Keeping the drone presence slightly limited, the Obama administration conducted nine drone strikes on Yemen in 2010, while the number of terrorist attacks would spike to about 110 in the same year, reflecting the beginning of a major problem. The growing number of terrorist attacks was matched by an increase in drone operations. 2011 saw a total of eleven strikes, with eight by drone. 2011 would also see the end of President Saleh, who succumbed to the Arab Spring protests. Despite this change, U.S. intervention would increase substantially.
With President Hadi assuming power in the 2011 Yemeni election, in which he was the only individual on the ballot, the U.S. believed it had a more willing partner against AQAP. Since coming to power, President Hadi has managed to obtain approximately $600 million in U.S. aid, with the bulk of that going to military expenses. The U.S. also increased its drone presence by conducting fifty-five drone strikes in 2012. Coupled with the increase in drone strikes was an increase in terrorist attacks, as the number soared to an incredible 203 incidents. Only four years ago, the Maplecroft Terror Index placed Yemen as the twenty-third most dangerous nation in the world; today the situation is entirely different since Yemen has earned the infamous top spot in the Maplecroft rankings. The prominent Yemeni scholar, Gregory Johnsen, has estimated that the number of AQAP fighters in Yemen has swelled from the original three hundred to over one thousand.
The situation has gotten so out-of-hand in Yemen that one of the United States’ covert operations architects, former General Stanley McChrystal, warned that drone usage, especially in Yemen, has become a “covert fix for a complex problem.” General McChrystal also said that the United States was not investigating the rising motivation behind the ever-growing threat in Yemen, and because of this fault, its campaign was doomed to fail.
Even when the Obama administration attempted to alter its engagement course, a drone presence remained at the forefront. For example, in the spring of 2012, when the Yemeni government undertook a major operation to uproot AQAP and their new offshoot, Ansar al-Sharia, from their strongholds in the Abyan Province. The operation consisted of 20,000 Yemeni troops tactically backed by various tribal leaders and U.S. drone presence. It took this major coalition about two months to uproot approximately one hundred AQAP fighters. The U.S. State Department commented on this Abyan operation as one that “regained government control of the south,” a commentary that is optimistic at best.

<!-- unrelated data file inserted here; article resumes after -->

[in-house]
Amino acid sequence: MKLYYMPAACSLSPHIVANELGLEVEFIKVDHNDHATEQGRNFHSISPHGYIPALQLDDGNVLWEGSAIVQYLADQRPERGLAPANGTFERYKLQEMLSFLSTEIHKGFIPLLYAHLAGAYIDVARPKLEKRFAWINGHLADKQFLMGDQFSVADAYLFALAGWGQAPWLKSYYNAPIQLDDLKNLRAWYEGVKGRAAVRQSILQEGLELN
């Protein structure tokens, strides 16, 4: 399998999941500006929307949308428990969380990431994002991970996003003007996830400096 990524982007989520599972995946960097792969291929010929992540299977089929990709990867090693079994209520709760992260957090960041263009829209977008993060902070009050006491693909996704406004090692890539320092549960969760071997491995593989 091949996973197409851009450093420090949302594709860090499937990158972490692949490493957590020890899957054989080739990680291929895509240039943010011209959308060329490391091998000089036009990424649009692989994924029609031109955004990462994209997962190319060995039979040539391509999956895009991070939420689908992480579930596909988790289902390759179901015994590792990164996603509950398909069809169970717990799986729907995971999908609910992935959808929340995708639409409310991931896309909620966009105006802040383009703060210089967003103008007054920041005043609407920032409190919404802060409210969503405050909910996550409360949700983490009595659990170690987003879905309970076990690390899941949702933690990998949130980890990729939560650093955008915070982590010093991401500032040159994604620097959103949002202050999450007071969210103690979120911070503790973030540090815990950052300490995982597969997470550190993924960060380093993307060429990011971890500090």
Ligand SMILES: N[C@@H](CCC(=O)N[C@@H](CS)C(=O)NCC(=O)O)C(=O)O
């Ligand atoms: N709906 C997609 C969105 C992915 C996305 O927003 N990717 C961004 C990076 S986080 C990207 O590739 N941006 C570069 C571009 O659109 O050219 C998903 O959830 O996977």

The Abyan operation did in fact root AQAP out of urban strongholds, but because of their deep affiliations with the local community in Abyan, AQAP was able to remain in the province and continues to conduct asymmetric warfare against the government. AQAP has planted itself in the Abyan community in the same way as Hezbollah in Lebanon and Hamas in Gaza: by providing local services such as medical care and policing. Through this, AQAP is able to cement relationships that the Yemeni government and the U.S., cannot. Farea al-Muslimi, a Yemeni activist, expressed this to the Senate Foreign Relations Committee when he stated, “The drone strikes have become the face of America.”
The above-mentioned facts suggest that as U.S. drone strikes increase, terrorist attacks and instability increase as well. Sadly, the Obama administration will more than likely choose to continue the drone strategy, since 2013 is projected to be the first year in which drone strikes in Yemen outpace those in Pakistan. This is also indicative of a switch of attention away from Central Asia back to the Middle East. Should the Obama administration choose to reverse course, it must do so in a manner that complies with both international law and constitutional requirements. Increasing the strike requirements will have a positive effect on the U.S., since it can continue to engage AQAP, while at the same time ensuring it does not overplay its hand.